Vertical Conductive Structures (VeCS) is the invention of Joan Tourné will offers a less expensive alternative for challenging fan-out projects to fine-pitch grid array components. Although still in the testing phase of development, Tourné states “Not only can we achieve higher interconnection density by packing more vertical connections in a smaller space, at the same time we can increase conductor router channel density under grid array components.” He continues to explain that PCB Fabricators will not experience additional cost with this method since the technology required is already being used by high-end shops after the appropriate training and licensing. We will have to wait and see if this new method will prove beneficial to the PCB Fabrication industry.
GaNonCMOS project consortium is currently working on a project that will use energy efficiency using GaN power switches and CMOS drivers. Collaboration on this project began in January 2017, the goal is to work with optimized embedded printed circuit boards creating integrated power components for less expensive, better-functioning systems. That sounds wonderful, let’s hope that it works!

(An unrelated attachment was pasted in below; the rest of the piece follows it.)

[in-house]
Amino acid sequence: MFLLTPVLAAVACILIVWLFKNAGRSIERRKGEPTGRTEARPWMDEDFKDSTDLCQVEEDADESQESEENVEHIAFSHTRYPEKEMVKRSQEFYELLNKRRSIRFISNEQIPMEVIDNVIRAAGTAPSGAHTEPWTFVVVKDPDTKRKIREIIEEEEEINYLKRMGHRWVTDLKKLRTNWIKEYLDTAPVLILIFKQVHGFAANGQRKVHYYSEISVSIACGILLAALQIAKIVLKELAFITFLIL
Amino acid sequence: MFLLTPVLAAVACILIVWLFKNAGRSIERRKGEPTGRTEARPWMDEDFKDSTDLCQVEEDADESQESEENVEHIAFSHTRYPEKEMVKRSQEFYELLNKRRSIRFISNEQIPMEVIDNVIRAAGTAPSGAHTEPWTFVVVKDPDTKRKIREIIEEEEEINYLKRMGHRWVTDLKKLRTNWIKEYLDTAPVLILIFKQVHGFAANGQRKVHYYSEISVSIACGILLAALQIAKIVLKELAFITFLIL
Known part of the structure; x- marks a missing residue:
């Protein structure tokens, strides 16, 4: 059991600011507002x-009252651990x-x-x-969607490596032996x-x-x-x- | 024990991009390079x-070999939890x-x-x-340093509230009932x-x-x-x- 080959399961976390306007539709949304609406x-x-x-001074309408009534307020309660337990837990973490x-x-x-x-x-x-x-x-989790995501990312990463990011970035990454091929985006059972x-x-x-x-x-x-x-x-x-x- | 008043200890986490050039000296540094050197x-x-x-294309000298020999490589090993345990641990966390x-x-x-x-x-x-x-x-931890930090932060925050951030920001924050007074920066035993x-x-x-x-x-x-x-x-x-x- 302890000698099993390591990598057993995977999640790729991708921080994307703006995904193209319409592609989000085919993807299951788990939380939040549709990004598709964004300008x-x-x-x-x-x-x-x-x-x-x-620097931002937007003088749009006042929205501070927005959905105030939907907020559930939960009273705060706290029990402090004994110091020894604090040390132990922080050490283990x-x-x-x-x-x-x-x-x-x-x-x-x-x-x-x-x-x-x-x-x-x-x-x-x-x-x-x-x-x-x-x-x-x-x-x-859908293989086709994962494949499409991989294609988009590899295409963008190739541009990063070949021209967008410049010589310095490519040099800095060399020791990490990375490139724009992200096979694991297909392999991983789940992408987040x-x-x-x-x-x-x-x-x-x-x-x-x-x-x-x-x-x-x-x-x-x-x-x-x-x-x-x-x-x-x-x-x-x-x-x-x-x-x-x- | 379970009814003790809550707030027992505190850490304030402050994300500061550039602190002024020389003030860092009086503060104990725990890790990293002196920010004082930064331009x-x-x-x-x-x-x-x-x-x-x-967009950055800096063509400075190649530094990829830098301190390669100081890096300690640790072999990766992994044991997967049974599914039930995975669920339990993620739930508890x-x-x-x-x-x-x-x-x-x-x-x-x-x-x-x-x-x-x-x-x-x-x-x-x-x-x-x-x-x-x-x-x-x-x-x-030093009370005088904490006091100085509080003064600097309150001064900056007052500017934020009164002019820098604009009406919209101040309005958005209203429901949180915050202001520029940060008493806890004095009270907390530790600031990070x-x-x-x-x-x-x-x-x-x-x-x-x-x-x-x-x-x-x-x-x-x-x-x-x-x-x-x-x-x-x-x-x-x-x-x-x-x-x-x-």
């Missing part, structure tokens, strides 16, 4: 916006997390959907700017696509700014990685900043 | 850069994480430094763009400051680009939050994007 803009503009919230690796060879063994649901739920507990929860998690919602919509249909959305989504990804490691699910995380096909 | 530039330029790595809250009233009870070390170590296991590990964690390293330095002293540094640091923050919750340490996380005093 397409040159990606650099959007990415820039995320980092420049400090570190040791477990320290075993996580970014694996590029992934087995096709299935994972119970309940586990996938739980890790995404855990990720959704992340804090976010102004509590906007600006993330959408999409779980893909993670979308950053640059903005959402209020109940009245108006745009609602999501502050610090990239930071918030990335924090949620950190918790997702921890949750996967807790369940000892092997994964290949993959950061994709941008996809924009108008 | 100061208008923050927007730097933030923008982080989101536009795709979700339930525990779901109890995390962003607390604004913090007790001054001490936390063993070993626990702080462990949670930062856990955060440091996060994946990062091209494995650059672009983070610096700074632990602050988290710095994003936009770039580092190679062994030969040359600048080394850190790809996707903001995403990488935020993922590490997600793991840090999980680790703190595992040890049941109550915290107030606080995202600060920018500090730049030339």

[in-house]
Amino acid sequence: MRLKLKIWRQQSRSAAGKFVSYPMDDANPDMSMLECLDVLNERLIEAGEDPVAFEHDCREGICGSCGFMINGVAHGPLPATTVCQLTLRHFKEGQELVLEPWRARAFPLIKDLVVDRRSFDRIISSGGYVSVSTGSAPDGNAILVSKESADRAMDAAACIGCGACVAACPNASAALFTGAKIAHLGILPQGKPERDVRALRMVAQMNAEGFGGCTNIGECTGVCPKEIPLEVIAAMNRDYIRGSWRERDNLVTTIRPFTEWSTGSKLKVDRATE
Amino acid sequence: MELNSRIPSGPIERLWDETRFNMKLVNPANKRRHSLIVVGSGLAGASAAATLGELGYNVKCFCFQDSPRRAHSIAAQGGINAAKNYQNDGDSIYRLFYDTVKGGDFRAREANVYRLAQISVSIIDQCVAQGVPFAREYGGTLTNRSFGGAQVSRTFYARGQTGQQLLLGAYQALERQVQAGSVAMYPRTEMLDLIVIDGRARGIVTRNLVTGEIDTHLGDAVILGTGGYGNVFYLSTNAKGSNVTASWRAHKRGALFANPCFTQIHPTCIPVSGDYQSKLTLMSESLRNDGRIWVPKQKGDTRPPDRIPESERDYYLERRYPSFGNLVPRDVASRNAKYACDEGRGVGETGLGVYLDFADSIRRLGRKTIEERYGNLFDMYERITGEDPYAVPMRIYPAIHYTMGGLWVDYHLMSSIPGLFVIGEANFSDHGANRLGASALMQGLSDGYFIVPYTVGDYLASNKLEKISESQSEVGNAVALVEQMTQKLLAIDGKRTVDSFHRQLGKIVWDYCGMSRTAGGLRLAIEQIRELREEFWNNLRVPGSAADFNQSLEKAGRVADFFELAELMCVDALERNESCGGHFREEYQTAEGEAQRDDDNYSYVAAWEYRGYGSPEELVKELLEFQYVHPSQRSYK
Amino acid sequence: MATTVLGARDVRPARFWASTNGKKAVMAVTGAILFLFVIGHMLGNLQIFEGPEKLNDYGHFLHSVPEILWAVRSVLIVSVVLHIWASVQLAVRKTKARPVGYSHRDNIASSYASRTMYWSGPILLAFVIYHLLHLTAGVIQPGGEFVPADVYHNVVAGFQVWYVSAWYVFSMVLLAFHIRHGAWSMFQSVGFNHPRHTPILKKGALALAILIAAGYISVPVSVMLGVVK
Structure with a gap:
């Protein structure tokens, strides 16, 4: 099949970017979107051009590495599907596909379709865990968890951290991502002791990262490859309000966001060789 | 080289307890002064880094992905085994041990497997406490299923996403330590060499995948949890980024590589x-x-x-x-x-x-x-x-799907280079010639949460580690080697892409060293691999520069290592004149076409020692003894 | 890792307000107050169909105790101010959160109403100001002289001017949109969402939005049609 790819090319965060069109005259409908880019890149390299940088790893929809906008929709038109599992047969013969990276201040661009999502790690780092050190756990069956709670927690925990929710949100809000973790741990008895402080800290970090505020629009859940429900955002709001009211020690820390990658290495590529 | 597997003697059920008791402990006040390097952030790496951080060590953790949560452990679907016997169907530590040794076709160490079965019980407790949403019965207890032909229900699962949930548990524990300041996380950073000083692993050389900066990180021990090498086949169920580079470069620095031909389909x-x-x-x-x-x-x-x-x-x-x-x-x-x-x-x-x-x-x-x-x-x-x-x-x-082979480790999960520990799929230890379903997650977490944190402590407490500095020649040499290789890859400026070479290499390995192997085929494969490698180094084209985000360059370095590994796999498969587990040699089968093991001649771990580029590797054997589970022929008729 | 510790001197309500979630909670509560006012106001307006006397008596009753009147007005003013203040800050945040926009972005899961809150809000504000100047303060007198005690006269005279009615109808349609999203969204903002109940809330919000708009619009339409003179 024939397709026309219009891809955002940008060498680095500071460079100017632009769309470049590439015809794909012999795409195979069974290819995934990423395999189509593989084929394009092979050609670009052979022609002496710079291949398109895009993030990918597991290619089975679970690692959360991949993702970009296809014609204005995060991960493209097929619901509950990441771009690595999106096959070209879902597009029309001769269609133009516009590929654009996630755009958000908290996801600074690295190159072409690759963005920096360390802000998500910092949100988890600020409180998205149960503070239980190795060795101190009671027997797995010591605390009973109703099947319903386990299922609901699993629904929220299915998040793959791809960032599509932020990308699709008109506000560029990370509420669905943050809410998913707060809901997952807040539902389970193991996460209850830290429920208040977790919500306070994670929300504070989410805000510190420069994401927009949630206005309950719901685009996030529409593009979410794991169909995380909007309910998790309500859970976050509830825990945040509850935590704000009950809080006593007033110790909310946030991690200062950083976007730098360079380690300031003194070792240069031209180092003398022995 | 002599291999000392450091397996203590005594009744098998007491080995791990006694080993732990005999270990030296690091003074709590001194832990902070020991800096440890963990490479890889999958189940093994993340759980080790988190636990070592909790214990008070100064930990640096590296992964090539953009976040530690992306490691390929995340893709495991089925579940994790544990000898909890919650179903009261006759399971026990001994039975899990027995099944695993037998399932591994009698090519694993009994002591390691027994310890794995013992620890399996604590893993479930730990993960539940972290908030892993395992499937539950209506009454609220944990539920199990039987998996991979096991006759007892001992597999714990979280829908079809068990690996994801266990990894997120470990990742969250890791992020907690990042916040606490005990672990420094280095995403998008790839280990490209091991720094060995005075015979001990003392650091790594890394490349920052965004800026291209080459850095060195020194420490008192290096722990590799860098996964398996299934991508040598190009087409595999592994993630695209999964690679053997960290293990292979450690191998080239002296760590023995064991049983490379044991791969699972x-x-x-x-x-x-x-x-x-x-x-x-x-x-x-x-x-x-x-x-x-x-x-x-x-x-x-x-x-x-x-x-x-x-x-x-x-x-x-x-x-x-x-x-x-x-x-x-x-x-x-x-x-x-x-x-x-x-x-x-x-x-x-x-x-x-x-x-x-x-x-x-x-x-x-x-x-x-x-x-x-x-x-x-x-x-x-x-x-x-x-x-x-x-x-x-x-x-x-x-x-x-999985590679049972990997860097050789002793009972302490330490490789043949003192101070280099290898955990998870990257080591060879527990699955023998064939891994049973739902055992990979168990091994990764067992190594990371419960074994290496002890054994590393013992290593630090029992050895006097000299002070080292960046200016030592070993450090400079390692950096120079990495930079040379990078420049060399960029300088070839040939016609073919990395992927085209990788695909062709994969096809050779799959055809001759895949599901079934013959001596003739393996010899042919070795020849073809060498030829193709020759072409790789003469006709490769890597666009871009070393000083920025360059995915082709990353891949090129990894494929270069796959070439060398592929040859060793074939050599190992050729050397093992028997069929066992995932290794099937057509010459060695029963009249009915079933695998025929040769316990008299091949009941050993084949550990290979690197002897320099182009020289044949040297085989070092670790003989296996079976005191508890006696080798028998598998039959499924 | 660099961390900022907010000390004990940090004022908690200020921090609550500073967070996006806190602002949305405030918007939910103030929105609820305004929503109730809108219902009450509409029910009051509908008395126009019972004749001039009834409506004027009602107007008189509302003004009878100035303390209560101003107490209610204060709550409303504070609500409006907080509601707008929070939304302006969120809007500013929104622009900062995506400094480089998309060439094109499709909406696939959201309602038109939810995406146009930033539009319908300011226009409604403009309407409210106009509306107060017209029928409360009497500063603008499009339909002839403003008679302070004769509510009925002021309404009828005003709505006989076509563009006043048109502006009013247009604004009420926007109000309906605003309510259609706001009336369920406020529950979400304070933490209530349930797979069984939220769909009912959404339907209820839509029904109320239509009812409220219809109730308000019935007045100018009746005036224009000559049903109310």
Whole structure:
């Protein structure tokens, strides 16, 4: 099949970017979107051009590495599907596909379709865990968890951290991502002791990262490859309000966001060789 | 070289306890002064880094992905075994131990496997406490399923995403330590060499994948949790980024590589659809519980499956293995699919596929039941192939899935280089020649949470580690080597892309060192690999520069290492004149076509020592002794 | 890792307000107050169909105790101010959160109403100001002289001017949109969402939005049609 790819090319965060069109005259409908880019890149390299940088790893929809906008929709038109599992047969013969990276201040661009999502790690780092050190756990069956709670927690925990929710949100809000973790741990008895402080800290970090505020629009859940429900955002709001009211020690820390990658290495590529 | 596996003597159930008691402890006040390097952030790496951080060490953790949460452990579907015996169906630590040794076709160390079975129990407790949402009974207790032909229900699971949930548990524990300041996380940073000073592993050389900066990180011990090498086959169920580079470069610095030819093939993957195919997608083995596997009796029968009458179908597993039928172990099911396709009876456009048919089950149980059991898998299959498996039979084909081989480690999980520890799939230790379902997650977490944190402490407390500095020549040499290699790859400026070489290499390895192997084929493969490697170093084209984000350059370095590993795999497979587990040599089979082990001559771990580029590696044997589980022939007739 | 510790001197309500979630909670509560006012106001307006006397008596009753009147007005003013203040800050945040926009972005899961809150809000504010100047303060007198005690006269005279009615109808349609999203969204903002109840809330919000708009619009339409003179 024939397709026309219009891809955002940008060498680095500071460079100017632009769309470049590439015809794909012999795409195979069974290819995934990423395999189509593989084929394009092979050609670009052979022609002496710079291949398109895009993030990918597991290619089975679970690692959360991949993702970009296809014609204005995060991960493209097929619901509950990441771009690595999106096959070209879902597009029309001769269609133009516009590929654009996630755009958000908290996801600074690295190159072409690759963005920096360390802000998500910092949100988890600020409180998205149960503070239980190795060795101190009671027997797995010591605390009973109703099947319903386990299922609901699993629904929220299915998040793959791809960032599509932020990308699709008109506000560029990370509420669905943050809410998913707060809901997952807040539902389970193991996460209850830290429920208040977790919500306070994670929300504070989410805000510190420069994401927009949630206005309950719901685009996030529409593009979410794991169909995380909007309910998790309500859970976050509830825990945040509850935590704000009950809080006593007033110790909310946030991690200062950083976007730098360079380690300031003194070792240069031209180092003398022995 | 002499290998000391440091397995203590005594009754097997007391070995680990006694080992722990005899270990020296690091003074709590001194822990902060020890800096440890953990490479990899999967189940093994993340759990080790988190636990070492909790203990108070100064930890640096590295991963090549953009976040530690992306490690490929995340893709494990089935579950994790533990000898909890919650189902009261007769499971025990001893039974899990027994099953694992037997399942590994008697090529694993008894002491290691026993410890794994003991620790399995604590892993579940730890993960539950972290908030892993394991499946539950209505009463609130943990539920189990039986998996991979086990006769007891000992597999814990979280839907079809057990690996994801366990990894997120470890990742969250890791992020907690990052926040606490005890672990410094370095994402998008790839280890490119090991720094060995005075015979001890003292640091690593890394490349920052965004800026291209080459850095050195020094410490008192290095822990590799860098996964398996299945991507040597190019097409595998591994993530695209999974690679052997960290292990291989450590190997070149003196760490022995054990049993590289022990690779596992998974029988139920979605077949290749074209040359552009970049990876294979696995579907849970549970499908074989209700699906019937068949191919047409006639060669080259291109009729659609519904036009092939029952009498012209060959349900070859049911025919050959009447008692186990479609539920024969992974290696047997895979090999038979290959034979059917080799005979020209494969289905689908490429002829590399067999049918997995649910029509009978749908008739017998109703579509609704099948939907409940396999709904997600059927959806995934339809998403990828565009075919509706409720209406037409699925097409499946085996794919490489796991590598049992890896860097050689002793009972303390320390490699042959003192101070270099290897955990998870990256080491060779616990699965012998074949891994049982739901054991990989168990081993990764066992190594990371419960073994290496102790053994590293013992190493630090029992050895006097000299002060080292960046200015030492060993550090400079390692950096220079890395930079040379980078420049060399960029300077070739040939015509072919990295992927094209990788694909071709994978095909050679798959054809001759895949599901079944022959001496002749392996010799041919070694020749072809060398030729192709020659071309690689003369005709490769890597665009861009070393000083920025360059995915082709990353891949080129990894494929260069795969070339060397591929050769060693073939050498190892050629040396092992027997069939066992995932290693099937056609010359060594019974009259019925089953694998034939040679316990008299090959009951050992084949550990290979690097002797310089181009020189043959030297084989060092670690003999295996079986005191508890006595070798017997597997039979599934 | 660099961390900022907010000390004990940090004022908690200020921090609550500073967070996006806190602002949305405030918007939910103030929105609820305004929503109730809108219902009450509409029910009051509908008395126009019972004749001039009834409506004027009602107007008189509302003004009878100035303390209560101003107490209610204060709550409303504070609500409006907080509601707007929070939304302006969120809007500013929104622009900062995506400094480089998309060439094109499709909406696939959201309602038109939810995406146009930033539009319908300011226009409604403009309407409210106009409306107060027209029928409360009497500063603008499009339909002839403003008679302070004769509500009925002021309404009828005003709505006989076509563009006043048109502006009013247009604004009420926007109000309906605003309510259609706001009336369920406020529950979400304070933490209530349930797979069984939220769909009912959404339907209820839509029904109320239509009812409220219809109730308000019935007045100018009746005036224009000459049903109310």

Newer, better, stronger. PCB designs are the backbone of any electronic device. They provide us the ease of access to information around the world, they allow us to stay in constant contact with our loved ones and are beginning to play a vital role in medical technology. Smaller, elegant, smarter. PCB Fabricators are constantly challenged to create innovative boards to further our thirst for the technological and make our world an easier place to live.

Starkey, Pete. 2017. Vertical Conductive Structures–a New Dimension in High-Density Printed Circuit Interconnect Accessed March 9, 2017
Prophet, Graham. 2017 Consortia to develop GaN processes and PCB panel-level packaging Accessed March 9, 2017


Understanding the Basic Aspects of Electronic Components

Understanding the Basic Aspects of Electronic Components